Despite the official no-strike obligation the work-mates stopped running trains at Subte. Later on they chased Ibarra during his election campaign and disturb his stage-shows. Thousands of [email protected] [unemployed workers] occupied the stations and distribute leaflets for the six-hours day. It was not easy to establish this collaboration with the unemployed. The time of unity between “piquete and cacerola” – between the urban poor and the middle-class threatened by social demise – which had emerged during the uprising of December 2000, was already over.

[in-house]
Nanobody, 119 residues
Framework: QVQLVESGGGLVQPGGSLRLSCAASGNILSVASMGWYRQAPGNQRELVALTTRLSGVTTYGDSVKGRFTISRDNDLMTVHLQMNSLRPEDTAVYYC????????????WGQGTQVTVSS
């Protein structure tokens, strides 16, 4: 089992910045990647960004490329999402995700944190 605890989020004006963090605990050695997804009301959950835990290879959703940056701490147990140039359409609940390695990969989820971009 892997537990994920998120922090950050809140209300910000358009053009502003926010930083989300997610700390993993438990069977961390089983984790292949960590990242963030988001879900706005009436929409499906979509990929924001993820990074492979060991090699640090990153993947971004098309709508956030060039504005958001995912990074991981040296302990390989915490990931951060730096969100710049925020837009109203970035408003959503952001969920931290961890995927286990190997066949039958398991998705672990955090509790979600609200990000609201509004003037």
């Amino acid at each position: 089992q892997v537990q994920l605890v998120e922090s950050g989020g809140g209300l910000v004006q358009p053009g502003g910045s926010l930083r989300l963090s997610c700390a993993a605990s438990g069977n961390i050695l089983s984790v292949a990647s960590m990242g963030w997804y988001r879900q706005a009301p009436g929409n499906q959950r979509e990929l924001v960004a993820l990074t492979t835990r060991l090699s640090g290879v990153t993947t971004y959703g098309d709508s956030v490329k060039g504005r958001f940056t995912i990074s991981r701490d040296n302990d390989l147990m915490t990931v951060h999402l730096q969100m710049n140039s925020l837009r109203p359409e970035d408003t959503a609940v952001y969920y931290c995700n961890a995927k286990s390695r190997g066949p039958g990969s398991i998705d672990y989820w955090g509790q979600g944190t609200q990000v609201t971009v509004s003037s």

In September 2003 the hazardous conditions at Subte were officially acknowledged, but only for two thirds of the workforce. The UTA was quick to inscribe this division in a collective agreement: The ticket booth workers were supposed to work seven hours. Apart from that the union gave its approval for the introduction of the contested ticket machines. This lead to the fiercest strike so far. For four days all five Lines of the Subte were blockaded and occupied. “This was one of my most important experiences. The strike was incredible. We spent day and night together at the workplace, a place where over years day by day we had dragged ourselves to, in order to do monotonous jobs to earn us a living, because we depend on the wage. And all of a sudden we were all there together, voluntarily, for other aims, which we had set ourselves. We organised ourselves without bosses, we had equal rights. We reacted together to this unexpected situation, we exchanged ideas and opinions. It was incredible to see how solidarity and comradeship grew these days, how the best surfaced in each one of us. This was a common experience of practiced freedom, an experience which still exists.” (Claudia Salud)